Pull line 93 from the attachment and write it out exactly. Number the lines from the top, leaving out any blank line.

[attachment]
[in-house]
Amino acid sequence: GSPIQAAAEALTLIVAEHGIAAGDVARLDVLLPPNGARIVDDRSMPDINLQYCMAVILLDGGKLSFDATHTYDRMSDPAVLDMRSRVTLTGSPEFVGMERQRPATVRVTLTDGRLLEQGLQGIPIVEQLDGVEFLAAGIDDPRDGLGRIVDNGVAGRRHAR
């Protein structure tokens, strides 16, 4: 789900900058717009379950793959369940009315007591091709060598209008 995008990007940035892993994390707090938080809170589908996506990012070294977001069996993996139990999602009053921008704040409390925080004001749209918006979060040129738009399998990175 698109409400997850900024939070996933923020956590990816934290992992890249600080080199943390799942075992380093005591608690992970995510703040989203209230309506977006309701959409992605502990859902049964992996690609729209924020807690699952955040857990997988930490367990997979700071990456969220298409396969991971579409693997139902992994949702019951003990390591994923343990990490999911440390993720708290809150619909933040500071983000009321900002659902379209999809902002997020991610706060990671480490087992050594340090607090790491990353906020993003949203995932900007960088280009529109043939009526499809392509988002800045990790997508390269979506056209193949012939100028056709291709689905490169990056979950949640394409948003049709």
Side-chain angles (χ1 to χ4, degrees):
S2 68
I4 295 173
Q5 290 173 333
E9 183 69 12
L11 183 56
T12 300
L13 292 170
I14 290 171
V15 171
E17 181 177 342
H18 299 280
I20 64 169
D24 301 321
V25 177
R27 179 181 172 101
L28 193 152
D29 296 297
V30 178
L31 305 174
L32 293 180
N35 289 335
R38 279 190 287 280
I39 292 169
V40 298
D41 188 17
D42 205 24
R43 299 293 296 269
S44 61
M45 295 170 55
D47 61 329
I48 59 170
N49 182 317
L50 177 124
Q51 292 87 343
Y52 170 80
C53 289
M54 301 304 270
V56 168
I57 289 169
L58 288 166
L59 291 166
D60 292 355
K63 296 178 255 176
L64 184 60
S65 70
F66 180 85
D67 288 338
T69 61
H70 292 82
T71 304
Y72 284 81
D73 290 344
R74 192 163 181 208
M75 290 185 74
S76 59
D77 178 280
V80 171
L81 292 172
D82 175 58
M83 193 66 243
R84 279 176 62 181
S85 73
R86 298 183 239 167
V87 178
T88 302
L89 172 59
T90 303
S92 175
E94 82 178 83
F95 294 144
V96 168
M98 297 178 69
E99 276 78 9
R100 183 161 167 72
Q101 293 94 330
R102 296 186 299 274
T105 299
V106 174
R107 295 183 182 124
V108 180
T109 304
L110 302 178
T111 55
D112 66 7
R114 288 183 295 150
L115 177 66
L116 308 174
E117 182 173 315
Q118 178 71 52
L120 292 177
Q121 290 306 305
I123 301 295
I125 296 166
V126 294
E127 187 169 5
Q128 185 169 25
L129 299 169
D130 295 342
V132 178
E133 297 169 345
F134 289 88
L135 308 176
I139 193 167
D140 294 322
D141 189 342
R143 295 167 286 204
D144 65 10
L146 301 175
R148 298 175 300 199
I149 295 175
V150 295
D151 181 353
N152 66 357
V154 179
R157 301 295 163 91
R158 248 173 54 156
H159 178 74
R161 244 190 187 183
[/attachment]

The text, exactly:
Q118 178 71 52